More than 100 Ohio University professors met Friday afternoon for a townhall meeting over Zoom where many expressed shared feelings of anxiety and discomfort at the likely prospect of returning to teach in-person classes to thousands of undergraduate students next month.
Many of the professors who spoke feel that they are uninformed of the policies and procedures the university has in place to ensure both the protection of their personal health and the health of their students as the date of their arrival inches closer.
Further adding to many of the professors’ sense of distress is the recent surge in confirmed COVID-19 cases among college-aged people in Athens County. As of Monday evening, nearly nearly 200 total cases existed in the 20-29 age bracket in the county.
Athens County now is classified as a “Level 3” county under the state’s Public Health Advisory Alert System. Athens County currently sits at this level.
During his July 16 press conference, Gov. DeWine noted that the situation in Athens County has “rapidly accelerated with isolated outbreaks that have resulted from a concerning community spread.”
The meeting, hosted by the OU chapter of the American Association of University Professors (AAUP), was held in response to many professor’s displeasure with another virtual townhall meeting members of the OU administration and public health officials held June 30 to address pre-prepared questions about how the institution plans to reopen in the fall.
“Many of us felt that our concerns were dismissed, due to the top-down, one-way format, the tiny slice of questions answered, and the ending of the event after a walloping 38 minutes,” Patty Stokes, professor of Women’s, Gender and Sexuality Studies, said of OU’s townhall.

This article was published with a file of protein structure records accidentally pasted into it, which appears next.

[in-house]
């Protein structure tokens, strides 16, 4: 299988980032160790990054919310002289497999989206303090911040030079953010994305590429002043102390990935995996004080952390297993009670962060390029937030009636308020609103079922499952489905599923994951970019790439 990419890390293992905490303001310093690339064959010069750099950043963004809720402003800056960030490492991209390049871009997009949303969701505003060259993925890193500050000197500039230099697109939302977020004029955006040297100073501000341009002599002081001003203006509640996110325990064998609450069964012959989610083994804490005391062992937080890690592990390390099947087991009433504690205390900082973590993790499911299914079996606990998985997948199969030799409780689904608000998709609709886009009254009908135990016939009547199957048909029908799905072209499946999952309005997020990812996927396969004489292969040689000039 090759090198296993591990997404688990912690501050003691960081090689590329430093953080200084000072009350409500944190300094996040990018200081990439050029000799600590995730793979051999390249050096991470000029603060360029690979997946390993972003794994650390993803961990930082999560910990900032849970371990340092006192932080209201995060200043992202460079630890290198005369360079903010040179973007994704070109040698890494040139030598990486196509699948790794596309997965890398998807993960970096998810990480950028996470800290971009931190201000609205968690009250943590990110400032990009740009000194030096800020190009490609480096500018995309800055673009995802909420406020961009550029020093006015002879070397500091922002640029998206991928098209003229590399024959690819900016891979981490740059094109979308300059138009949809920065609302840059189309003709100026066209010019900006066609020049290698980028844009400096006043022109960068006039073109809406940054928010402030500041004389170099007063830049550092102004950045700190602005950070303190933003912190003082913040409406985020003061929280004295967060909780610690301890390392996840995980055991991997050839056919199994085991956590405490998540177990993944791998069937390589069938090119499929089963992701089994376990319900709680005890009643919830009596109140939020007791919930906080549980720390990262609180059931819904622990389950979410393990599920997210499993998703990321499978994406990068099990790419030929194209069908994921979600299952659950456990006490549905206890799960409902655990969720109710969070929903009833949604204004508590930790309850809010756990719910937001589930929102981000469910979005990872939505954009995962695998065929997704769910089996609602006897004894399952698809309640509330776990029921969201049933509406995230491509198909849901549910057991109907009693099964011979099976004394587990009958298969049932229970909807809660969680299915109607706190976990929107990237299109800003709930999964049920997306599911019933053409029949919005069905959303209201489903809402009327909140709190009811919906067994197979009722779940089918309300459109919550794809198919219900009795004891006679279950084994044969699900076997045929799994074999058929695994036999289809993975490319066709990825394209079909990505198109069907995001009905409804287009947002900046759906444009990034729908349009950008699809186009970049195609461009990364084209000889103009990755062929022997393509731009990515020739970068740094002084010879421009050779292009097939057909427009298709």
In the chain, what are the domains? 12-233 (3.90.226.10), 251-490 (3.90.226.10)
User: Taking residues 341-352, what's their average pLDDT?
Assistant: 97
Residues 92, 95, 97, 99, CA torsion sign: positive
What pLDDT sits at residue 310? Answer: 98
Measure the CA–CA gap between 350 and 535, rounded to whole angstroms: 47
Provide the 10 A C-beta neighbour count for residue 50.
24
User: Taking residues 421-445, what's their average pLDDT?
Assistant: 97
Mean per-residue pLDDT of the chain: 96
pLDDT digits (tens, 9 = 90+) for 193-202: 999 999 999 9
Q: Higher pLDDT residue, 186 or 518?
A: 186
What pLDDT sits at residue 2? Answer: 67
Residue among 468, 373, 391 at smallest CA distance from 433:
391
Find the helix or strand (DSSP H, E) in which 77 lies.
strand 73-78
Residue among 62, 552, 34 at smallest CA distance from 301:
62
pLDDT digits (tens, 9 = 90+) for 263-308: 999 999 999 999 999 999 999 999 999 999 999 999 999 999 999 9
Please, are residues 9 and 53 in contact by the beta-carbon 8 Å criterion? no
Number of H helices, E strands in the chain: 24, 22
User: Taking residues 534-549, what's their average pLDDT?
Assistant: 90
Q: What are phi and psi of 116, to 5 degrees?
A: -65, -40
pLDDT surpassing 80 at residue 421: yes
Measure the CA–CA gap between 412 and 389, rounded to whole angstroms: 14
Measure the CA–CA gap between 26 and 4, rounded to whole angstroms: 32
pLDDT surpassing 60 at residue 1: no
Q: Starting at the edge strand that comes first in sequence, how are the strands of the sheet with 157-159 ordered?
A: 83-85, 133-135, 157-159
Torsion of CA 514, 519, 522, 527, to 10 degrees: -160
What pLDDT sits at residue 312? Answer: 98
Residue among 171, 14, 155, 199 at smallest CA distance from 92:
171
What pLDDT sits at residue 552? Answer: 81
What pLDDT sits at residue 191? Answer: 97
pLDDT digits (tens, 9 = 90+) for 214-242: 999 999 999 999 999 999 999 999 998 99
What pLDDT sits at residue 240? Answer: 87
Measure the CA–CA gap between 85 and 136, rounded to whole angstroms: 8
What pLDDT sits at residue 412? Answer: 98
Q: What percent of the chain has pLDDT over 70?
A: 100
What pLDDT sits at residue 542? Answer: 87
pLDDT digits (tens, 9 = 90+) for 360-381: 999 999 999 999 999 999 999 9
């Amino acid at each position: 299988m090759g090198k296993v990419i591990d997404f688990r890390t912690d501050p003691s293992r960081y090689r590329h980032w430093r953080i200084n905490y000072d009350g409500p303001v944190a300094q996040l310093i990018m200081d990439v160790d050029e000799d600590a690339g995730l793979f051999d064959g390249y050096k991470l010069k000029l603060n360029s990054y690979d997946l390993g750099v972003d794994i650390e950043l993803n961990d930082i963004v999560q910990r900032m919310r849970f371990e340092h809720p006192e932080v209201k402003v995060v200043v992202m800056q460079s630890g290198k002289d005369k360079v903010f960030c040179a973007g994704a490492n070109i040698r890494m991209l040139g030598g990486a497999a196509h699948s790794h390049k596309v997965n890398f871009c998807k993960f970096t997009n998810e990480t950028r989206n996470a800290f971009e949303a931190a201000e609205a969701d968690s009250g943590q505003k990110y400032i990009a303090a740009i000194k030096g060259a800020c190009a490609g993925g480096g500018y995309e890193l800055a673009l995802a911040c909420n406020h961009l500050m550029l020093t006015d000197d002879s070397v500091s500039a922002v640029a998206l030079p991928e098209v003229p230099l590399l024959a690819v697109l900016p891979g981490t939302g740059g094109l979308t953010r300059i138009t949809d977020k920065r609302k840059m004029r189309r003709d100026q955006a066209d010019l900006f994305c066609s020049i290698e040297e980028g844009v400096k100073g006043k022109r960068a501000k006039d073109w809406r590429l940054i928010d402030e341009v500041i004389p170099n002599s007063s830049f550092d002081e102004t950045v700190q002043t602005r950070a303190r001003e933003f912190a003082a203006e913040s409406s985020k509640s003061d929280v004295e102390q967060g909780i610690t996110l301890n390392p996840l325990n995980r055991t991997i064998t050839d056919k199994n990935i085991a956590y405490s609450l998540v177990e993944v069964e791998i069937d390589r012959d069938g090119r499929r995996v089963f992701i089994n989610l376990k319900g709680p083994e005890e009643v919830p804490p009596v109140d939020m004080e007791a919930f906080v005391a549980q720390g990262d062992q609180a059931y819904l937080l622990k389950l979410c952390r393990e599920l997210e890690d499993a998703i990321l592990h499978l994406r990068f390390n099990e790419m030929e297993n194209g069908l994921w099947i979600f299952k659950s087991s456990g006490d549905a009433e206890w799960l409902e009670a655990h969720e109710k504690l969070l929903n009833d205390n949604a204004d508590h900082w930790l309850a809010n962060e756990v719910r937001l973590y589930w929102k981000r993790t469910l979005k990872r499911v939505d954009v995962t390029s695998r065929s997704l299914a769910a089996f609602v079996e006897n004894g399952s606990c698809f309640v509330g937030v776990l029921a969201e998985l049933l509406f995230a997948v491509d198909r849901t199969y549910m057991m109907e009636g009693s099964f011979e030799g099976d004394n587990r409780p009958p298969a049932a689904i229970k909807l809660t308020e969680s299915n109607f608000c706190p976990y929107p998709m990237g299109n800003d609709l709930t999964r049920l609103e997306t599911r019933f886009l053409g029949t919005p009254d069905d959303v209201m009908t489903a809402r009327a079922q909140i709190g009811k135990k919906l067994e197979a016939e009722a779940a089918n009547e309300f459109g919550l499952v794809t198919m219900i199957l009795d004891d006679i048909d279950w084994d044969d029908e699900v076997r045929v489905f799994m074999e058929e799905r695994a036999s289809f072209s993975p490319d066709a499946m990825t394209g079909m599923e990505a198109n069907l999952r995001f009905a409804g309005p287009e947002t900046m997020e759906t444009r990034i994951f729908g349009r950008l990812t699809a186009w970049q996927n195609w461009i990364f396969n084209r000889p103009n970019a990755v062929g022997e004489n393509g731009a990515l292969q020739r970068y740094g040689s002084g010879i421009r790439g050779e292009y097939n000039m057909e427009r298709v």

But the administration’s meeting was held during a time when the COVID-19 situation didn’t look as bleak, and infections were largely down at the local, state and national levels.
“So, what I’m wondering is whether or not the university leadership has the actual courage to acknowledge that the situation has changed and change course for the university?,” asked Kyle Butler, a professor in the Ohio Program of Intensive English.
Many professors who spoke during Friday’s meeting were firmly in the camp of advocating for the university to move classes entirely online in the fall but ensure that jobs are protected in the long run.
They worry that an all online fall semester could lead to economic devastation that results in the loss of more university jobs, following the many that have already been eliminated.
“It just strikes me as utter lunacy to have an opening for the fall semester whose basic mode is bringing the 16,000, or so, young people back to campus,” said Associate Professor of Classics in The College or Arts and Sciences William Owens. “This is driven by economics – or let me put it this way: this is driven by very narrow and short-sighted understanding of what the economic situation is.”
Todd Fredrick, a doctor and professor in the Heritage College of Osteopathic Medicine, said in contrast with the many concerns presented by other meeting attendees that he’s not “terribly concerned” about contacting the virus at the university, provided that he’s able to abide by The Centers for Disease Control and Prevention’s guidelines on social distancing, wearing a mask, washing hands, and avoiding close-contact conversations that last more than 15 minutes.
More than one meeting participant, including Owens, advocated that AAUP members and other faculty coalesce around refusing to comply with the university’s plans to move forward with the semester in-person.
Others (who aren’t tenured) worry that doing so could lead to retaliation against them, such as simply being replaced by another professor who would be willing to teach amid the pandemic.
The meeting ended with little consensus on what the organizers’ next move will be.
Some suggested penning a statement to the university administration outlining their concerns.
“If we fail to make a strong statement, and I’m not sure who is going to make that statement, then things will simply happen in the way that they’re planning to happen now,” Professor of Physics and Astronomy Arthur Smith said.